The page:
Running for scissors

I got many e-mails and text messages about the wish list that I came up with last week but one reader actually wanted to find out how I composed it. Was it a well thought-out process, she asked, one that required me to go about my daily activities with pen and paper always handy, just in case a wish popped up from the place that is my heart? Did I list down just a little every day for a week maybe?

Well, Trina (that was the e-mail sender’s name), you can do this and that, but what I did was go to a quiet corner of the house, which that day happened to be my side of the bed, at a time when the whole house was asleep, and just started listing everything that entered my mind, at random. That is how I came up with the entries on my list, all 101 of them, and all that in maybe just a little over an hour. I did not think long and hard about them, I just wrote them as they tumbled out from heart and mind. But yes, please do it any way, and simply be true to yourself. There really is no right or wrong way, only your way.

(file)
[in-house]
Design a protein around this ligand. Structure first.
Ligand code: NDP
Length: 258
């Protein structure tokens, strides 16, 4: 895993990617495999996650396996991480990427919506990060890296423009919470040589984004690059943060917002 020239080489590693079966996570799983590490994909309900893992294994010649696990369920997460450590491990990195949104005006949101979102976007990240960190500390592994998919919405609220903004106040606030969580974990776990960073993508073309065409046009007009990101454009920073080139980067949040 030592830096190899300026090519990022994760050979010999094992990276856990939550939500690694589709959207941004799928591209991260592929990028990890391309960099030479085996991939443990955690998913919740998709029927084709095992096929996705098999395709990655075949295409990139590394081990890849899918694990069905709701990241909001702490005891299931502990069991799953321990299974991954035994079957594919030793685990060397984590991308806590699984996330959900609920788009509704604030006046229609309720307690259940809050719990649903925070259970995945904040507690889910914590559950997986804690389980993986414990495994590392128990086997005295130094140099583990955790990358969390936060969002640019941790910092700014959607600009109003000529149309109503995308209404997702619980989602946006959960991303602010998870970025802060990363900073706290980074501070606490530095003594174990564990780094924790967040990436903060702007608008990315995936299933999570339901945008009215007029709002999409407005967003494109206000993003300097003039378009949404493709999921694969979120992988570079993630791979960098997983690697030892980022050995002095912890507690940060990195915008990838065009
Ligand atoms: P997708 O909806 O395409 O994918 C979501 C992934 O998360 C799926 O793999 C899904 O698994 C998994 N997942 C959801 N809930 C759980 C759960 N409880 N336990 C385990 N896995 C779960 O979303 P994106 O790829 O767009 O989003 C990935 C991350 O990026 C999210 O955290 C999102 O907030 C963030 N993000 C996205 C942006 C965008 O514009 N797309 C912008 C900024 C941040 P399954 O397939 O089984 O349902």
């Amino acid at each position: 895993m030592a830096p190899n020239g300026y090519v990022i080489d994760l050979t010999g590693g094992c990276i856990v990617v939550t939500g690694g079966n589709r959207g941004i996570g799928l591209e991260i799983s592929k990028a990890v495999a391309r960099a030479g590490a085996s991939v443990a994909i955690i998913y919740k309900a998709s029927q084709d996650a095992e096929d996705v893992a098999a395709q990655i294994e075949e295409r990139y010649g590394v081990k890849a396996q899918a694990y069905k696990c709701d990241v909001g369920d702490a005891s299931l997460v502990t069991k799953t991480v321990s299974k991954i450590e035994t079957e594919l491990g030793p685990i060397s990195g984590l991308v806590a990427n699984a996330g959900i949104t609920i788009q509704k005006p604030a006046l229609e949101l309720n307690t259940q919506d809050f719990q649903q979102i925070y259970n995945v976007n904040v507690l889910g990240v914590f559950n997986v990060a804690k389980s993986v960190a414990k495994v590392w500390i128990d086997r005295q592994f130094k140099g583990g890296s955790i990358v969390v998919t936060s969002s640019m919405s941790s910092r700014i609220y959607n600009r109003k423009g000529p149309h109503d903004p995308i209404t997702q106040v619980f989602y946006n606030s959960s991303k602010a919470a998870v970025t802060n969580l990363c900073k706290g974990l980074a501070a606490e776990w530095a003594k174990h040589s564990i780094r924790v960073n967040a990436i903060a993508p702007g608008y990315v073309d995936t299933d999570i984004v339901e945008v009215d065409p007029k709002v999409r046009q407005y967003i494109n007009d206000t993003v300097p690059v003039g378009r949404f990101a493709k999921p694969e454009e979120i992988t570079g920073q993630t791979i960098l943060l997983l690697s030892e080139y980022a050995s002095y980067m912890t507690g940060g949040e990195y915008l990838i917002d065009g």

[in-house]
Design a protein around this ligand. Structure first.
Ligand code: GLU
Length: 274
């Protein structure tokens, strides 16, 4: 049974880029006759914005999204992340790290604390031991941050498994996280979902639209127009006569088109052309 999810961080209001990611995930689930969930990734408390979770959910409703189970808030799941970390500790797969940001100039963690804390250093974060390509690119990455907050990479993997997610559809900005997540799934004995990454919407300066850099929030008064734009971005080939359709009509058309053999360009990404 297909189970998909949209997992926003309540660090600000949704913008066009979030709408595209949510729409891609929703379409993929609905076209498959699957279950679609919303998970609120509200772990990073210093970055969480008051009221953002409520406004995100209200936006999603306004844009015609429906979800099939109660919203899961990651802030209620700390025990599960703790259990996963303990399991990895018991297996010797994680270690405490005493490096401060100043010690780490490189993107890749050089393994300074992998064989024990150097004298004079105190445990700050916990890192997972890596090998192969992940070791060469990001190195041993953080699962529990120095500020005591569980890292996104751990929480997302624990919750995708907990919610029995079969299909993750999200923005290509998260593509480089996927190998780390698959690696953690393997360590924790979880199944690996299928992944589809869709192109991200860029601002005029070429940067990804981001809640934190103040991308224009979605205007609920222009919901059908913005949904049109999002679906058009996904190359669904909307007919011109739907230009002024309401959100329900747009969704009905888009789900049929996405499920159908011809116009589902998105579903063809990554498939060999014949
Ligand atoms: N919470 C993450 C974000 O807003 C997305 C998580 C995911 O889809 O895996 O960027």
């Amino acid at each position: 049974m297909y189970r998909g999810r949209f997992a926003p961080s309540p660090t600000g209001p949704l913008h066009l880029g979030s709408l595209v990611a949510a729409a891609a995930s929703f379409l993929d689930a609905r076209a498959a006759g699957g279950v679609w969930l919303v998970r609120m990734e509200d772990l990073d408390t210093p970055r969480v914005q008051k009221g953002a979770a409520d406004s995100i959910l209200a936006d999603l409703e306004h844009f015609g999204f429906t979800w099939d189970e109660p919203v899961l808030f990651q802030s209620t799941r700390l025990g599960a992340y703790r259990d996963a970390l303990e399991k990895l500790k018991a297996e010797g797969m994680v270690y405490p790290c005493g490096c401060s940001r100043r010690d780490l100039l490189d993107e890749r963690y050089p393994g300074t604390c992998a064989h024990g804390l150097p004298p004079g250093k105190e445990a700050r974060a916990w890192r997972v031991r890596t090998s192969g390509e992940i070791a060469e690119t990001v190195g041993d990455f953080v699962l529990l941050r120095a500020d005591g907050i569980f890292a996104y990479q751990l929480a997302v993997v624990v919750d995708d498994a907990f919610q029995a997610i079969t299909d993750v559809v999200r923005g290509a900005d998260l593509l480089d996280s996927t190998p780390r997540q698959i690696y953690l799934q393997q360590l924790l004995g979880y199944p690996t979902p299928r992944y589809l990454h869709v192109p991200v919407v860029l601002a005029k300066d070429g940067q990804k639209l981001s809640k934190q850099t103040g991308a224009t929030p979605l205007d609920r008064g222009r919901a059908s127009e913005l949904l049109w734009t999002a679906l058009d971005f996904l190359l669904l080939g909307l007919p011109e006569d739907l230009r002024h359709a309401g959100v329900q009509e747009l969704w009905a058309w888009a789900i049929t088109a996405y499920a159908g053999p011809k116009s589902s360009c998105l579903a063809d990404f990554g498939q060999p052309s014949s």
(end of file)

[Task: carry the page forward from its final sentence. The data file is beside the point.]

A friend of mine from college also sent me a text message to ask why I would want to buy more Mongol pencils and Bic ballpoint pens and Faber Castel erasers. She said she would have just given me that for Christmas. I don’t know, there is just something about Mongol pencils and nice chubby erasers that make me smile. They are like the school supply version of Choco Mallows and Chippy and I do not have any legit reason for wanting them except that they popped into my mind while I was making the list. And when they did, it brought back happy school and childhood memories. I also believe that the first time I realized I had the makings of a happy O.C. was when I consciously appreciated the beauty of those newly and uniformly sharpened bright orangey-yellow pencils lying smartly side by side in my fat, chunky My Melody pencil case. The latter, with its many multi-level compartments, was my elementary school life’s treasure.  Mommy and Daddy always taught and reminded us to take care of our things and I loved keeping that little box neat and well-stocked.  When Lola Apyang, Daddy and his siblings’ nanny, would stay with us she would often give me five pesos to buy more pencils. That always made my day. My penmanship would depend on how well the pencil I used was sharpened and how neat my pencil box was. When things were the way they should be in my little My Melody pencil box, I was also inspired to complete my schoolwork neatly. And I studied my lessons as best I could because what was the use of a nice penmanship if I did not know my lessons and answered the test sheets all wrong?